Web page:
Breaking it down: my mental health isn’t great

It didn’t hurt when I ran into the sandstone wall at full pace. Not immediately, anyway. I was able to regather myself a little bit and for a little

while. Pushed on some more, moved in what I thought was a forward direction. But I couldn’t outrun the beast as well. Squeezed between a rock wall and a vicious black dog, I belatedly raised the white flag. And here I am.

I’ve taken leave from my job in order to focus on addressing my mental health. It’s a cyclonic time for me at the moment and everything in flux feeds into the state of my head; getting it right is critical for everything else.

My marriage has recently ended, though it wasn’t a sudden shock; things had been moving in that direction for a while. We needed to decide whether we thought that was best or not, and in the end, we do and did. So after 11 years and with three beautiful children we’ll continue to raise in collaboration, we separated, and I moved out of the family home. The person I was closest to for over a decade now can’t be that person, at least for a while or longer, as we adjust to our separate lives.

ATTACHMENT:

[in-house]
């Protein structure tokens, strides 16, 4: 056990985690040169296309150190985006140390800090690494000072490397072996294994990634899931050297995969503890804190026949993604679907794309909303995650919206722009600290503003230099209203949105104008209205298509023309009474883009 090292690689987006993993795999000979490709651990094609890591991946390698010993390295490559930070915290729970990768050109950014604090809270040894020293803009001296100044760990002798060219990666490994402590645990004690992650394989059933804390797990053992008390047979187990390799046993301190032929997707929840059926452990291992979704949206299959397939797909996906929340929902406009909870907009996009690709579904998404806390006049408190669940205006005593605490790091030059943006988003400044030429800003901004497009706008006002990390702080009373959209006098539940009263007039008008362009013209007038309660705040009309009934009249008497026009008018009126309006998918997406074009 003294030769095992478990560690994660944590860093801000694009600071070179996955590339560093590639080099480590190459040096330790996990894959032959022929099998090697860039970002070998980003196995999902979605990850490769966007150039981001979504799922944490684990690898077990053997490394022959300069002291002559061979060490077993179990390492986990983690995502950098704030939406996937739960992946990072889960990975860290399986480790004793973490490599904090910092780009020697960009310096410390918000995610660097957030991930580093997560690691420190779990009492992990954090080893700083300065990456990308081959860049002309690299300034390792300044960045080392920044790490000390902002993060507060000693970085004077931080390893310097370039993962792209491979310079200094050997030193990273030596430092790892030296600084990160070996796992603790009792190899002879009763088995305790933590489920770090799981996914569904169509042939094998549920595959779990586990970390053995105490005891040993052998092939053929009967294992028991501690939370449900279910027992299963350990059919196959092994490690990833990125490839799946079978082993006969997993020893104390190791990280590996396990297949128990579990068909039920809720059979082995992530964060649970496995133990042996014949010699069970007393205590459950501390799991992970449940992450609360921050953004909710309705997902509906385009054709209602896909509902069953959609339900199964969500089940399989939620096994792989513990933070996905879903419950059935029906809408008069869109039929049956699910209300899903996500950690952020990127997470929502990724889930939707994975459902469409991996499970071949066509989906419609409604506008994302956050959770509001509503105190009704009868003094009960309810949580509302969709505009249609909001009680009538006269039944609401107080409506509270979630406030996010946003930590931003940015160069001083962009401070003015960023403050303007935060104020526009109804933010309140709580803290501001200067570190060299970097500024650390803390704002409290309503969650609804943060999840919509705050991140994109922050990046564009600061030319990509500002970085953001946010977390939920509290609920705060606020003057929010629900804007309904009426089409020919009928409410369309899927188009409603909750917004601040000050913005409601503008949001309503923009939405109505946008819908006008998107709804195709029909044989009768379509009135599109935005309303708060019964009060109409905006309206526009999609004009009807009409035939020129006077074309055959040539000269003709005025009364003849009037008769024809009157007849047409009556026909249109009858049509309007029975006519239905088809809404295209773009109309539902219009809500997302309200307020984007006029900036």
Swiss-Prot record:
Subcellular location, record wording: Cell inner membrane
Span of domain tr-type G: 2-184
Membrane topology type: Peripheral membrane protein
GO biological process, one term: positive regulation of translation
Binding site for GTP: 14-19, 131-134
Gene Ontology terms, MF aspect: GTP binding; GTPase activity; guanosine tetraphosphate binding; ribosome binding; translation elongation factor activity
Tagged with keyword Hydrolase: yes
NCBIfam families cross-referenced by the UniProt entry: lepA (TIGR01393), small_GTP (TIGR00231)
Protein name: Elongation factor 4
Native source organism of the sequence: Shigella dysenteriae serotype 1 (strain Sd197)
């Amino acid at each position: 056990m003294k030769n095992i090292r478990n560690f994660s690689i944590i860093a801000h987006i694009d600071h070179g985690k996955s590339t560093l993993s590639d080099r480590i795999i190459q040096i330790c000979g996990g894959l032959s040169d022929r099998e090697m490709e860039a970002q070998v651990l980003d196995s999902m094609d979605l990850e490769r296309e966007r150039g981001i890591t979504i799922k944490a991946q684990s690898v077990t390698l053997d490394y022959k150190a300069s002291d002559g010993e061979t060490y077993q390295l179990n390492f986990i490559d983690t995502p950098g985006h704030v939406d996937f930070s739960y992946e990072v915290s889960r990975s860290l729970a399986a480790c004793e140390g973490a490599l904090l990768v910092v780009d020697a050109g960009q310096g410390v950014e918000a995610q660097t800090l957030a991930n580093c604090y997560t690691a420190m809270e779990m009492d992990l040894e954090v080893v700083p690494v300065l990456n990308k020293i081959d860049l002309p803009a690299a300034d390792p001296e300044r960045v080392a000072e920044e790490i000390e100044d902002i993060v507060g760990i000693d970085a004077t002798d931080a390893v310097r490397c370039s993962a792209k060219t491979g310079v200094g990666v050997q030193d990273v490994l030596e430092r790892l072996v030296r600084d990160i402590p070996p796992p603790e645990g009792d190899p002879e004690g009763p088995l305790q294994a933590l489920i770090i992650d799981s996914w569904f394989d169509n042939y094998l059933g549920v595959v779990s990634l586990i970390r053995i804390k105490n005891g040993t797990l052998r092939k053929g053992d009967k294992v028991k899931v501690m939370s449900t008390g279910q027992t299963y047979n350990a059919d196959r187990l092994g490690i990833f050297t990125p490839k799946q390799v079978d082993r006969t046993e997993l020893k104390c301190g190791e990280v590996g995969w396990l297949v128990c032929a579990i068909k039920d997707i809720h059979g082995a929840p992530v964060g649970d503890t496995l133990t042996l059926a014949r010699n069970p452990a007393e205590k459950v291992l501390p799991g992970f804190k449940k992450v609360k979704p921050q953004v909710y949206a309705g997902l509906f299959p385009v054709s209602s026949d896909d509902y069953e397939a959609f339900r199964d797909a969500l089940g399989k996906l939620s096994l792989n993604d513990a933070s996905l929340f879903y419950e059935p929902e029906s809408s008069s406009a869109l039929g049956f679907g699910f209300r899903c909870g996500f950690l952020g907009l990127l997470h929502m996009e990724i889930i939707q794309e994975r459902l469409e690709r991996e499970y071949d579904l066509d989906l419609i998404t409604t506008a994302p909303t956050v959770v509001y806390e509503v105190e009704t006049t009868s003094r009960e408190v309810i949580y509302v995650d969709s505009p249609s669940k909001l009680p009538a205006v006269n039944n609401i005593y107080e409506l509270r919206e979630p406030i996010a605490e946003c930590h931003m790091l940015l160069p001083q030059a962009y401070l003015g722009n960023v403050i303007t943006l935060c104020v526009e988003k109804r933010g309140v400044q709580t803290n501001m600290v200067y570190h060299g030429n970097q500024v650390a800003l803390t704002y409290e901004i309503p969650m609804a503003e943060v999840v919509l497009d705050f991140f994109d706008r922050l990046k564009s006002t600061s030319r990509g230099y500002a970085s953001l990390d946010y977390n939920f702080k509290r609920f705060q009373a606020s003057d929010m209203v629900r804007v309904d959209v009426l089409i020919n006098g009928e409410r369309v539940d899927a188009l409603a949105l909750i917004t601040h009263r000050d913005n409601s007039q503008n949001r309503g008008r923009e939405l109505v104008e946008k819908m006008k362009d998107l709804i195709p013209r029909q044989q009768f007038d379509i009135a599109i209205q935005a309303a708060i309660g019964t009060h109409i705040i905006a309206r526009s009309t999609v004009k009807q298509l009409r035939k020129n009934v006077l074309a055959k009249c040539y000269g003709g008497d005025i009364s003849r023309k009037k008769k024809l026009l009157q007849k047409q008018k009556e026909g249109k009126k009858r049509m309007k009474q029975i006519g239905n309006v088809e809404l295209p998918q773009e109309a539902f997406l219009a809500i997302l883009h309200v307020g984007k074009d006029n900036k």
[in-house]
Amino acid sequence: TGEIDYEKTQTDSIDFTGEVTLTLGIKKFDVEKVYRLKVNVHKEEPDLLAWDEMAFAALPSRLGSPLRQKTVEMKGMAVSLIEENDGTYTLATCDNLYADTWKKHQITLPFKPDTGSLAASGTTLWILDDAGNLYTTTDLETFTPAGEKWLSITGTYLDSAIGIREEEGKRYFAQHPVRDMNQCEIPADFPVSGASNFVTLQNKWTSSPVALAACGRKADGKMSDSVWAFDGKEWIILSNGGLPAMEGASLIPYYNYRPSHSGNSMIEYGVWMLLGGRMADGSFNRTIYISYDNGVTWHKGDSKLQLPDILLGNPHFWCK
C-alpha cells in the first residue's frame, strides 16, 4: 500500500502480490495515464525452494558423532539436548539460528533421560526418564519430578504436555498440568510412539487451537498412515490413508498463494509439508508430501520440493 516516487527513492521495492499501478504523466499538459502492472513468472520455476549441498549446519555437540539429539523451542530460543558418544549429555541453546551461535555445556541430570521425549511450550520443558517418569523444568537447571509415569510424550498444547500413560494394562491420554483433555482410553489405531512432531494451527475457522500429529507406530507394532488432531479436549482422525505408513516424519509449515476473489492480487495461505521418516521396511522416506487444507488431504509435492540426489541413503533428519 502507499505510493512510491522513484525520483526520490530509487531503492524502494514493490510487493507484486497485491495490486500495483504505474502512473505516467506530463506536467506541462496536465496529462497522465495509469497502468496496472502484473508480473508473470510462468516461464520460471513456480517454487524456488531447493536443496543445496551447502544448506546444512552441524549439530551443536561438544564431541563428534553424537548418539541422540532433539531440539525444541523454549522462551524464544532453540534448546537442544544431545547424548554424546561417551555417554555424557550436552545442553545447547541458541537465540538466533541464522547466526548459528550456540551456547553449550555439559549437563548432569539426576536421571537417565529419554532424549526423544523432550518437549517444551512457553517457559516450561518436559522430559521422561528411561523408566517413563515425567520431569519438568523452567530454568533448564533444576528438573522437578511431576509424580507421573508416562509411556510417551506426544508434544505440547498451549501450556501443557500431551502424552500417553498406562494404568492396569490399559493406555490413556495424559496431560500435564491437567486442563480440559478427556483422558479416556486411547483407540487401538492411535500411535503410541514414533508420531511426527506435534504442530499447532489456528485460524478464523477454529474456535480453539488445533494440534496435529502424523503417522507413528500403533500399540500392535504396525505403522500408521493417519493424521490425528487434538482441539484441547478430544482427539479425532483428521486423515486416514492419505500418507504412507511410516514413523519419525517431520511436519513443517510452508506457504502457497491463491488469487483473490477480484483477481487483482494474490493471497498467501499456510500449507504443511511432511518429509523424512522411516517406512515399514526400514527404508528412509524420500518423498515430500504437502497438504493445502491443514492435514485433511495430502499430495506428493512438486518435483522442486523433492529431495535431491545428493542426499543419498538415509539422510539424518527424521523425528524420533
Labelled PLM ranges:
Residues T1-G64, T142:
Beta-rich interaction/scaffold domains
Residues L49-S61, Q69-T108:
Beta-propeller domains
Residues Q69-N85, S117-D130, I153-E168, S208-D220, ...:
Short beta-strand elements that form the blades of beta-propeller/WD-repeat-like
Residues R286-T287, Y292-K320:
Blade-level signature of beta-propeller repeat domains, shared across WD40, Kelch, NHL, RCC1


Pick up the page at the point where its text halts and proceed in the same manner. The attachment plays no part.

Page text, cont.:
I’ve moved to the edge of the city, nearer work and where I’ve been spending time watching and performing comedy. Removing the commute will save me two hours a day – a gift. I am sad not to be closer to my kids, but the reality is that between work and extra-curricular pursuits, I was seeing them for] around 30-60 minutes at the end of the day, 2-3 days during the week, and then on weekends. We’ve arranged a roster of rotating weekends with our kids and a weeknight visit for dinner as well. It’s a little less quantity in time

but should be a much greater quality of time.

Professionally, I’ve been giving thought to my future for a little while, and in heeding medical advice to take a solid break from work and focus on my personal health, I’ve semi-paused that thinking for now. But I know once I’m more sound and stable, I will need to work through and determine my professional hopes and plans, and work them into the context of the different life I’m adjusting to.

A silver lining of this medically-enforced time out is that a big part of me feeling satisfied is to be creative and stimulated. And while it’s not number one or two at present, it is something I can dabble in a little as I build myself back up.

What’s ahead for me is unknown. The immediate priorities are working on getting healthier, and do as best I can to be present and available for my children now I no longer live with them.

Best get on with it.

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